Microsoft has announced plans to deliver Microsoft Azure from two new regions located within highly-secure data centres in Canberra, Australia.
Through a strategic partnership with Canberra Data Centres (CDC), Microsoft will be the only major cloud provider in Australia to deliver hyperscale cloud services to handle Unclassified and Protected government data.
With today’s announcement, Microsoft expands to deliver the most trusted, innovative, and open cloud platform to accelerate the digital transformation of the Australian government at federal, state and local levels.
The two new regions in Canberra will focus on the needs of government and their suppliers.
Available in the first half of 2018, they will offer unprecedented opportunity through advanced data analytics, sophisticated data protections and artificial intelligence.
These two new regions will complement Microsoft’s existing cloud services currently delivered from Sydney and Melbourne.
Angus Taylor, Assistant Minister for cities and digital transformation, welcomes the news.
“The Australian Government has embarked on a sweeping program of change, bringing digital innovation to the transformation of the Australian public sector.
“Global innovation in areas such as cloud technology is an essential foundation for this transformation and will ensure we can meet the expectations and needs of all Australians. So, too, the local software ecosystem can build its skills and innovate rapidly to first serve our local needs, then expand into global markets.”
Microsoft continues to rapidly expand its global cloud footprint, having recently revealed plans to deliver the Microsoft Cloud from new data centres in South Africa and France, and the availability of cloud services from new regions in the UK, Germany and South Korea.
With two new regions coming to Australia, it means Microsoft has announced 42 Azure regions globally – more than any other major cloud provider.
“Azure expands globally to create greater opportunity for the digital transformation of our customers,” says Tom Keane, Microsoft Azure head of global infrastructure.
“Australia is a critical cloud market for Microsoft. We’re delighted to be partnering with a locally-owned provider with deep roots across government to further extend the reach of our cloud, and to provide the full innovation of Azure to Australian and New Zealand Government customers and partners.”
A trusted foundation for Government
Today’s news follows June’s announcement when the Australian Signals Directorate (ASD) formally certified a greatly expanded range of Microsoft Azure and Microsoft Office 365 services for inclusion on the ASD Certified Cloud Services List.
In July, Microsoft then announced the ability to order Microsoft Azure Stack, making Microsoft Azure the only cloud platform with truly consistent hybrid capabilities.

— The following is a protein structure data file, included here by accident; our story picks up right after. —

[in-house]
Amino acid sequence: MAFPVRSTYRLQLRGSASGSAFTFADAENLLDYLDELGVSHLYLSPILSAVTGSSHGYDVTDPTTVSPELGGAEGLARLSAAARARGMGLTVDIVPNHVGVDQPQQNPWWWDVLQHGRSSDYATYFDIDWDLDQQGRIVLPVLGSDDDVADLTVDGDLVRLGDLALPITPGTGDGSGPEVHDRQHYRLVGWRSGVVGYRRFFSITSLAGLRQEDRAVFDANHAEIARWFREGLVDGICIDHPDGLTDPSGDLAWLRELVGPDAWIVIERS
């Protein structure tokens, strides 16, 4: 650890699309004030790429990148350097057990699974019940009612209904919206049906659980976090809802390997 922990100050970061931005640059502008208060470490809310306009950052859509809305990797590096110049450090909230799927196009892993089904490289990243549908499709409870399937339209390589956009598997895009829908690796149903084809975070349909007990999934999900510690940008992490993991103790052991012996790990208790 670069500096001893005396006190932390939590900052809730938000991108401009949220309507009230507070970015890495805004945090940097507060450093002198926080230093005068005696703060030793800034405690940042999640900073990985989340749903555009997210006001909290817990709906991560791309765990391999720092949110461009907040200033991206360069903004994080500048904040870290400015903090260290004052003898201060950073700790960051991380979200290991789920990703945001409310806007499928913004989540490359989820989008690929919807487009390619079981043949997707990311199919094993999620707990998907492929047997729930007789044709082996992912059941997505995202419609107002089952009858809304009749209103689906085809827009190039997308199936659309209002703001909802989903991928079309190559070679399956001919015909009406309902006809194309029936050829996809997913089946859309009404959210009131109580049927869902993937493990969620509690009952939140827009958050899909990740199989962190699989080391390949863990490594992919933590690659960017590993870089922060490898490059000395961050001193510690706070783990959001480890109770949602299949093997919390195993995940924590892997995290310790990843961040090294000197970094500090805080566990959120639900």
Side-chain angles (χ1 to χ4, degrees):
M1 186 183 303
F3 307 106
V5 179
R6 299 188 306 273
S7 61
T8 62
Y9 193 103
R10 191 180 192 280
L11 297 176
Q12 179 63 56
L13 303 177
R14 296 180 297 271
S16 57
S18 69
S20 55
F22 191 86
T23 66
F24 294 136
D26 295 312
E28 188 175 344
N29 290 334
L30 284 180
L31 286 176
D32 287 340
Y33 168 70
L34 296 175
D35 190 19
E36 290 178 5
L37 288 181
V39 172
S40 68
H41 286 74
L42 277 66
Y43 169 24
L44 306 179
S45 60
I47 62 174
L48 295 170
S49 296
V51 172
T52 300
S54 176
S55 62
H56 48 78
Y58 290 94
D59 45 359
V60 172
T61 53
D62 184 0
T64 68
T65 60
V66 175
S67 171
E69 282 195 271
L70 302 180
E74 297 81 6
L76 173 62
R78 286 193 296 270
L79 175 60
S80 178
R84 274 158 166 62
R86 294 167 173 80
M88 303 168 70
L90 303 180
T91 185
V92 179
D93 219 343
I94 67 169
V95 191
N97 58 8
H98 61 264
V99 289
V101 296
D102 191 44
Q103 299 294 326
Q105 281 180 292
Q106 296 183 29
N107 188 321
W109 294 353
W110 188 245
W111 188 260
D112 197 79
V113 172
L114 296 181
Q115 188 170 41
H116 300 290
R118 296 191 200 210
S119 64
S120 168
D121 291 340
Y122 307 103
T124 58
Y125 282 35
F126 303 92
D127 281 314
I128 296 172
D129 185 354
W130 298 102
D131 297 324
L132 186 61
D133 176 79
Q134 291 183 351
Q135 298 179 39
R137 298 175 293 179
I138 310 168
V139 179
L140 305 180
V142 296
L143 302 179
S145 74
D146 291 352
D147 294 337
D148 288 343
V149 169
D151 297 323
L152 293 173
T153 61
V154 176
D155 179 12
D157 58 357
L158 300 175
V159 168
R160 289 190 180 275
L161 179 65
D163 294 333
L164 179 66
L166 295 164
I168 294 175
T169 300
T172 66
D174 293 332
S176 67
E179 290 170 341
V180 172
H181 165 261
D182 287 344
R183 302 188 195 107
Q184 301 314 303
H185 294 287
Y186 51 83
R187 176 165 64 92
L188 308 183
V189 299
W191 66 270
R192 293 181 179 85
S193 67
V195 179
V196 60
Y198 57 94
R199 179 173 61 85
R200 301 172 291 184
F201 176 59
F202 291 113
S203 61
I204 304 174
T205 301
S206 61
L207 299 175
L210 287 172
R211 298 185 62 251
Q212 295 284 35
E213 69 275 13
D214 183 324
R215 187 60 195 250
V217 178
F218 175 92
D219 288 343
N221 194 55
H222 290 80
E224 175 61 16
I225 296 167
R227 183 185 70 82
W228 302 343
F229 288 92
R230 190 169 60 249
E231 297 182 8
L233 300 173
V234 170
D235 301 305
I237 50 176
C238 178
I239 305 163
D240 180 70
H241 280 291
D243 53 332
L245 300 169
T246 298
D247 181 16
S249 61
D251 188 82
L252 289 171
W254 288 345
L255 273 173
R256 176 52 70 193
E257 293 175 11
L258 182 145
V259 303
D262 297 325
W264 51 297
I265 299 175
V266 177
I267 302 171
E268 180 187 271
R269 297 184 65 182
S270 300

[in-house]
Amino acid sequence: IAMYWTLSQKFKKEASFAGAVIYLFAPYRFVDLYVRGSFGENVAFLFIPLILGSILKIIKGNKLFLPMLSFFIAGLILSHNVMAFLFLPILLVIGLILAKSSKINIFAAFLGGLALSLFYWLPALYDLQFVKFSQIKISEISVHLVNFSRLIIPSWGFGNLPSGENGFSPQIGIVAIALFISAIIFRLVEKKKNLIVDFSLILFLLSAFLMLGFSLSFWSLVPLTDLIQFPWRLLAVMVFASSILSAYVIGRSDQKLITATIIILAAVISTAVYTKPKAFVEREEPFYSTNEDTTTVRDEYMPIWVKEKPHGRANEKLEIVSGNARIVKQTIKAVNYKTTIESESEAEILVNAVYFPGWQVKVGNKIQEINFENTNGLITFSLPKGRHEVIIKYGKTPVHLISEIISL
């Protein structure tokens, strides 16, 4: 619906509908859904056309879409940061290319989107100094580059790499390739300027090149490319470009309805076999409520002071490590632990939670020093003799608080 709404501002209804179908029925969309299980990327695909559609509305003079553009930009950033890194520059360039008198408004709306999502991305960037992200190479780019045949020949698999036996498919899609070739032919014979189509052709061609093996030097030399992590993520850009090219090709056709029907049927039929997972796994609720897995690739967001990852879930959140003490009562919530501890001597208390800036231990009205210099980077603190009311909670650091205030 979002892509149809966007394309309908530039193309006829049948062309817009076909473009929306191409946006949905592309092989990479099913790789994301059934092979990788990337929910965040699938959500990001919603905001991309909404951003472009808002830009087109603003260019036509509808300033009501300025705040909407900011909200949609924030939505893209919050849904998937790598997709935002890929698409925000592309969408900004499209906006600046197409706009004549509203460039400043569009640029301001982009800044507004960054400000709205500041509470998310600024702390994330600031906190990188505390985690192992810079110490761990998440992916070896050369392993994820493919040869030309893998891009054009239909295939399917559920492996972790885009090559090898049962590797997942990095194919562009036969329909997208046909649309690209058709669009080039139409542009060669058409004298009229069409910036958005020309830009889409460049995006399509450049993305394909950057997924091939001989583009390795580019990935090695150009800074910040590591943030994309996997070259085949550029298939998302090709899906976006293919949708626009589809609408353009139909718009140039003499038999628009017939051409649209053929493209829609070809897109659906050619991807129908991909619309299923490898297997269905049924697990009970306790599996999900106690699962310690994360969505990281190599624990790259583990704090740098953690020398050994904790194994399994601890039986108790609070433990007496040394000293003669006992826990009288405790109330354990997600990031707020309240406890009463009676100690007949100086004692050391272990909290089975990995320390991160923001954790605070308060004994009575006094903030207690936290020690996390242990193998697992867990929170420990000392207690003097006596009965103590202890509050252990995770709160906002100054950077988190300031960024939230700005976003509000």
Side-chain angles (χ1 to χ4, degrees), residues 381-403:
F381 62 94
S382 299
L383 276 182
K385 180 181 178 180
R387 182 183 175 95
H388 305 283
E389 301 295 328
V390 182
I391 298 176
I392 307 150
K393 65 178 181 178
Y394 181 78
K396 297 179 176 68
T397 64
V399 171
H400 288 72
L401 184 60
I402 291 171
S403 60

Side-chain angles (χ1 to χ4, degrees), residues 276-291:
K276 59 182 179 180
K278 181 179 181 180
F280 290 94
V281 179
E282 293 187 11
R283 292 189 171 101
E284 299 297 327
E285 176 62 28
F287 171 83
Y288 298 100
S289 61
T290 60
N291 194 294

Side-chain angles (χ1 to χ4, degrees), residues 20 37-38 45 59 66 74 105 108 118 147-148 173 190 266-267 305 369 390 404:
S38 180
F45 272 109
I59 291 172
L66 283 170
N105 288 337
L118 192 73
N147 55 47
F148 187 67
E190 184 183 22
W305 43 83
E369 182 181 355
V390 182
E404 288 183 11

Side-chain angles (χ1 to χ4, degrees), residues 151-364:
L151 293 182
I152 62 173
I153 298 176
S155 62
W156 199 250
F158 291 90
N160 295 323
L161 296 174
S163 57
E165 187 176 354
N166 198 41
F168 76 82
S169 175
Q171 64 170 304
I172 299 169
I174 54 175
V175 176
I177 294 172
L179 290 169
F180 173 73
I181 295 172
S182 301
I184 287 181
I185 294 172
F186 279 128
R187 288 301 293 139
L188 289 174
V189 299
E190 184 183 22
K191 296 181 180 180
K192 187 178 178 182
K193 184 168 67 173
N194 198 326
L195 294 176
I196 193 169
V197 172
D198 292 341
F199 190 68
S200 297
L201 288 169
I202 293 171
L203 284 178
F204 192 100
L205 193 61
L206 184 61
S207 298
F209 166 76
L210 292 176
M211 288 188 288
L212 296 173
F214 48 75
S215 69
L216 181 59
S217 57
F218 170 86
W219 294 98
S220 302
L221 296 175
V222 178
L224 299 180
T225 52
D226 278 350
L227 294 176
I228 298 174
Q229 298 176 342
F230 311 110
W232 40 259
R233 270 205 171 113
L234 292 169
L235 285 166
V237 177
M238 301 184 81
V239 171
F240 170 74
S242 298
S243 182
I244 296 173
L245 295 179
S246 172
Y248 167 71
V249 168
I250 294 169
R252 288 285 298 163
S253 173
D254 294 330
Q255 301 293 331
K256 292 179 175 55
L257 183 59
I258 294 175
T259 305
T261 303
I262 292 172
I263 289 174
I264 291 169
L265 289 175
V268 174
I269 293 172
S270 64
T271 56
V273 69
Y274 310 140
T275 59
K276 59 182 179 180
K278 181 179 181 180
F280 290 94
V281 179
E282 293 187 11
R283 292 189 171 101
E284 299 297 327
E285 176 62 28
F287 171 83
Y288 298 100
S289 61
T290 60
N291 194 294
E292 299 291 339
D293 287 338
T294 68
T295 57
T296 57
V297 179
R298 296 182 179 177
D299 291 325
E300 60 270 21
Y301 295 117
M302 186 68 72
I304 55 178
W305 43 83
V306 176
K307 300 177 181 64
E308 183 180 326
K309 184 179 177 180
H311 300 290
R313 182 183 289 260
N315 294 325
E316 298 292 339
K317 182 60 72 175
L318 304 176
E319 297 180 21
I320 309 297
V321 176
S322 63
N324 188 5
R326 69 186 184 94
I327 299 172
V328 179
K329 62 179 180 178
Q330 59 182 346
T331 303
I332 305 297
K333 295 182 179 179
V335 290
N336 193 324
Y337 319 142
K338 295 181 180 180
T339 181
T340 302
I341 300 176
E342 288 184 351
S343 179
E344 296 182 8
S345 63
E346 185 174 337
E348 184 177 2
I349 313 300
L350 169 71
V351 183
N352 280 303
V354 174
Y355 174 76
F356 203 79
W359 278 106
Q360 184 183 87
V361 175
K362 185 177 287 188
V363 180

Azure Stack is an extension of Microsoft Azure that brings the agility and innovation of cloud computing to an on-premise or hosted environment.
Microsoft’s expansion into Canberra is the first opportunity for public cloud services from a major provider to be located in the same highly secure facilities as some of the nation’s most sensitive data.
The two new regions are intended to serve data classified as either Protected or Unclassified (featuring dissemination limiting markers or DLM).
Greg Boorer, Australian-owned Canberra Data Centres chief executive officer, says, “Our strategic partnership is about combining the local ecosystem and our own expertise with the global innovation and open ecosystem of Microsoft.
“I couldn’t be more excited about the potential this creates for the digital transformation of Australian and New Zealand governments and what it means to our combined ecosystem.”
The two CDC campuses are the only private data centre facilities in Australia with the security controls and accreditations appropriate for the handling of Top Secret government data.
The concentration of secure connectivity including the Intra Government Communications Network (ICON) at CDC provides an added benefit for government agencies with secure, highly cost-effective network access to Microsoft Azure.
Handling protected government data
The new Azure regions are intended to serve both Unclassified and Protected data, with the appropriate controls at the personnel, physical, information and governance level to achieve Protected certification in compliance with Australian requirements.
It also reflects the whole-of-nation approach to the protection of national critical infrastructure that the Australian government is driving through the National Cybersecurity Strategy.
James Kavanagh, Canberra-based Microsoft Azure engineering lead for Australia, says, “Today is a big step forward and another first – progressing to deliver our hyperscale cloud for both Unclassified and Protected data from facilities designed for the handling of even Top Secret classified data and surrounded by an ecosystem that can drive real outcomes for government.
“We’re confident these two new regions and the services provided will satisfy requirements for Unclassified and Protected data. And that confidence comes from the simple fact we’ve already completed assessments under the Independent Registered Assessors Program (IRAP) for services in Sydney and Melbourne.
“In reviewing those services, IRAP assessors delivered a positive finding in favour of certification at Protected level earlier this year. We’re still working to finalise this certification process with Australian Signals Directorate (ASD) and for clarity it is important to be aware that Microsoft Azure is not certified at Protected level by ASD. We still have work to do, but the pathway is understood.”